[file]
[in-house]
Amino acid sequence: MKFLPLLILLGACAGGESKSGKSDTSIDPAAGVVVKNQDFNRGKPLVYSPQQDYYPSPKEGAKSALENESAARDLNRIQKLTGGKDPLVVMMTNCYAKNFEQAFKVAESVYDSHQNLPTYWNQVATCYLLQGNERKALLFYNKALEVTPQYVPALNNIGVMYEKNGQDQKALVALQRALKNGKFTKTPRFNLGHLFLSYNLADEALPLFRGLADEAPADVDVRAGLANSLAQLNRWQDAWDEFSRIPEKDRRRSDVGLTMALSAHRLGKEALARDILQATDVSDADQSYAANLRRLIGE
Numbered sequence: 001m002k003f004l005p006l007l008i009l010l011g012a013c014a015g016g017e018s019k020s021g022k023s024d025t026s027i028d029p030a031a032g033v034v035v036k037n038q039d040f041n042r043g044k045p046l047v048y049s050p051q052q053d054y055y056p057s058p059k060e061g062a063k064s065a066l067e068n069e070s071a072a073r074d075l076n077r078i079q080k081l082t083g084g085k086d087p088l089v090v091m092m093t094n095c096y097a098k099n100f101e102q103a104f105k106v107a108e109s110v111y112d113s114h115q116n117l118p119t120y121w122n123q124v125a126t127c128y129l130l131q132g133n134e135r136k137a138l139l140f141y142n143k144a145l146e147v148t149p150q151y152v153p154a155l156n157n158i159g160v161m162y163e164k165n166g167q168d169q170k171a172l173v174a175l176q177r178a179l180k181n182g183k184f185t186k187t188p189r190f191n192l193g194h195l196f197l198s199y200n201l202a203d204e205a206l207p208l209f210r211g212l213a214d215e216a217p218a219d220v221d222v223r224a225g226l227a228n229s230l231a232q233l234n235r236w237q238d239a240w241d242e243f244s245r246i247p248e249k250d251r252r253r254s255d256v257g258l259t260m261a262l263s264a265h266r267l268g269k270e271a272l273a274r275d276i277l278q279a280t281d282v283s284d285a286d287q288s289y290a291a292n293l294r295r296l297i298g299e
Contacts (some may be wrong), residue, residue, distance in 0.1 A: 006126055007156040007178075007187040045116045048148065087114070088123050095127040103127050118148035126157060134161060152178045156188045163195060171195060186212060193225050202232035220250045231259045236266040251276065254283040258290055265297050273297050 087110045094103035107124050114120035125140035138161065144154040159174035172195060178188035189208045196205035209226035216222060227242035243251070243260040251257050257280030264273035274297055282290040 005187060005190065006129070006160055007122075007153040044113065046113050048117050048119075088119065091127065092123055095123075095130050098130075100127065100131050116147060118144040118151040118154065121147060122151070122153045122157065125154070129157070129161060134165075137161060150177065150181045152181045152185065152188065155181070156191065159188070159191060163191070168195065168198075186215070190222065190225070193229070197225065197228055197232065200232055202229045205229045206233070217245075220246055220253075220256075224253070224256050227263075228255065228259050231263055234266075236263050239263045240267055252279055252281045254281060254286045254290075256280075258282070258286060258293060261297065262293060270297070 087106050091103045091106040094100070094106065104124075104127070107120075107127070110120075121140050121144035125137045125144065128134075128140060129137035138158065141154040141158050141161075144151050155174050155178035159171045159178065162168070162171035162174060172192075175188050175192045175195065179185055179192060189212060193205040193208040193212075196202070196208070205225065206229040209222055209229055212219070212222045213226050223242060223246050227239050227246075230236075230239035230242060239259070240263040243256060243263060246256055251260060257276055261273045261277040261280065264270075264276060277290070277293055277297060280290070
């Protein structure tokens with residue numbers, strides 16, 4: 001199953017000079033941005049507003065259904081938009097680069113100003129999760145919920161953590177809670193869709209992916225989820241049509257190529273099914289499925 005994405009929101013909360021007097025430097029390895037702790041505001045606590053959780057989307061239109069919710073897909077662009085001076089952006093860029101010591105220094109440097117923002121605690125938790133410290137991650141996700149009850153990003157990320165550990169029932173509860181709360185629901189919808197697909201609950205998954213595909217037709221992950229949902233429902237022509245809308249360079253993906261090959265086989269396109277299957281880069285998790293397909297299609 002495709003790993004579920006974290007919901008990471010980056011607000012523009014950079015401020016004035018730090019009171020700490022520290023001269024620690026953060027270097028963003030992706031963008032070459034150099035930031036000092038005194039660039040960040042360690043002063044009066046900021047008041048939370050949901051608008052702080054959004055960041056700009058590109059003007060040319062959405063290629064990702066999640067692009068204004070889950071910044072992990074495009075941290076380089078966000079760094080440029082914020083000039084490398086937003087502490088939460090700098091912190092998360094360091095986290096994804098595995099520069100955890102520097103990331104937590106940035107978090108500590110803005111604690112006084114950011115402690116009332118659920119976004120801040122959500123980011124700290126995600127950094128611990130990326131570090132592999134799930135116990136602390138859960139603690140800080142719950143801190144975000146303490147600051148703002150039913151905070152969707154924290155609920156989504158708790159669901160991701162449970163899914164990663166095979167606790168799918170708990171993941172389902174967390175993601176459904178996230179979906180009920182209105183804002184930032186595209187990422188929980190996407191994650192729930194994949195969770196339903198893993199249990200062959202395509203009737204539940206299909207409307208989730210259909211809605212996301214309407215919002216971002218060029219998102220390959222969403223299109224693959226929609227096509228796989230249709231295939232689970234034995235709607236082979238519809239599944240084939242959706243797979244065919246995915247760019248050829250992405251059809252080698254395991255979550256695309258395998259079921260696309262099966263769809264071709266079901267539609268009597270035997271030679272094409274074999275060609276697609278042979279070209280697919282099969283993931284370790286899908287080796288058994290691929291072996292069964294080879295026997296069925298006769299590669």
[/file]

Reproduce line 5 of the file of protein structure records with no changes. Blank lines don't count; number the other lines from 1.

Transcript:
């Protein structure tokens with residue numbers, strides 16, 4: 001199953017000079033941005049507003065259904081938009097680069113100003129999760145919920161953590177809670193869709209992916225989820241049509257190529273099914289499925 005994405009929101013909360021007097025430097029390895037702790041505001045606590053959780057989307061239109069919710073897909077662009085001076089952006093860029101010591105220094109440097117923002121605690125938790133410290137991650141996700149009850153990003157990320165550990169029932173509860181709360185629901189919808197697909201609950205998954213595909217037709221992950229949902233429902237022509245809308249360079253993906261090959265086989269396109277299957281880069285998790293397909297299609 002495709003790993004579920006974290007919901008990471010980056011607000012523009014950079015401020016004035018730090019009171020700490022520290023001269024620690026953060027270097028963003030992706031963008032070459034150099035930031036000092038005194039660039040960040042360690043002063044009066046900021047008041048939370050949901051608008052702080054959004055960041056700009058590109059003007060040319062959405063290629064990702066999640067692009068204004070889950071910044072992990074495009075941290076380089078966000079760094080440029082914020083000039084490398086937003087502490088939460090700098091912190092998360094360091095986290096994804098595995099520069100955890102520097103990331104937590106940035107978090108500590110803005111604690112006084114950011115402690116009332118659920119976004120801040122959500123980011124700290126995600127950094128611990130990326131570090132592999134799930135116990136602390138859960139603690140800080142719950143801190144975000146303490147600051148703002150039913151905070152969707154924290155609920156989504158708790159669901160991701162449970163899914164990663166095979167606790168799918170708990171993941172389902174967390175993601176459904178996230179979906180009920182209105183804002184930032186595209187990422188929980190996407191994650192729930194994949195969770196339903198893993199249990200062959202395509203009737204539940206299909207409307208989730210259909211809605212996301214309407215919002216971002218060029219998102220390959222969403223299109224693959226929609227096509228796989230249709231295939232689970234034995235709607236082979238519809239599944240084939242959706243797979244065919246995915247760019248050829250992405251059809252080698254395991255979550256695309258395998259079921260696309262099966263769809264071709266079901267539609268009597270035997271030679272094409274074999275060609276697609278042979279070209280697919282099969283993931284370790286899908287080796288058994290691929291072996292069964294080879295026997296069925298006769299590669």